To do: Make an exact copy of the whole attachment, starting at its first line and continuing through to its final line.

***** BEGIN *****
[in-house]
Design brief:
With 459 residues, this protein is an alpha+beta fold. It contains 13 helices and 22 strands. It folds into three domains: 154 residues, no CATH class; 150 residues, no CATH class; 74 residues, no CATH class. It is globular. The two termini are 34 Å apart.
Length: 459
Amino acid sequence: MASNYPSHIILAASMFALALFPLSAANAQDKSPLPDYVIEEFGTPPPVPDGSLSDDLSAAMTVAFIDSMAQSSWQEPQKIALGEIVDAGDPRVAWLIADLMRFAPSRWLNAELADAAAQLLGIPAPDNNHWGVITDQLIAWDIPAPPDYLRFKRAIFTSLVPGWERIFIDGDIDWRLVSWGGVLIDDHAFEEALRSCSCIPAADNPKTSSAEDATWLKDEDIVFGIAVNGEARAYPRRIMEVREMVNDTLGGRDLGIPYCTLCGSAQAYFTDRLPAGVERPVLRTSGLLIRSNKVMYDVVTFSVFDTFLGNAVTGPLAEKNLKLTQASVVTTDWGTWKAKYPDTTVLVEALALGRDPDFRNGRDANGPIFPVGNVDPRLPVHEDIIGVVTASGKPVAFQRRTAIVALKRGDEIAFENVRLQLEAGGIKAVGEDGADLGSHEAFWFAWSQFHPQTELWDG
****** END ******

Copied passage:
[in-house]
Design brief:
With 459 residues, this protein is an alpha+beta fold. It contains 13 helices and 22 strands. It folds into three domains: 154 residues, no CATH class; 150 residues, no CATH class; 74 residues, no CATH class. It is globular. The two termini are 34 Å apart.
Length: 459
Amino acid sequence: MASNYPSHIILAASMFALALFPLSAANAQDKSPLPDYVIEEFGTPPPVPDGSLSDDLSAAMTVAFIDSMAQSSWQEPQKIALGEIVDAGDPRVAWLIADLMRFAPSRWLNAELADAAAQLLGIPAPDNNHWGVITDQLIAWDIPAPPDYLRFKRAIFTSLVPGWERIFIDGDIDWRLVSWGGVLIDDHAFEEALRSCSCIPAADNPKTSSAEDATWLKDEDIVFGIAVNGEARAYPRRIMEVREMVNDTLGGRDLGIPYCTLCGSAQAYFTDRLPAGVERPVLRTSGLLIRSNKVMYDVVTFSVFDTFLGNAVTGPLAEKNLKLTQASVVTTDWGTWKAKYPDTTVLVEALALGRDPDFRNGRDANGPIFPVGNVDPRLPVHEDIIGVVTASGKPVAFQRRTAIVALKRGDEIAFENVRLQLEAGGIKAVGEDGADLGSHEAFWFAWSQFHPQTELWDG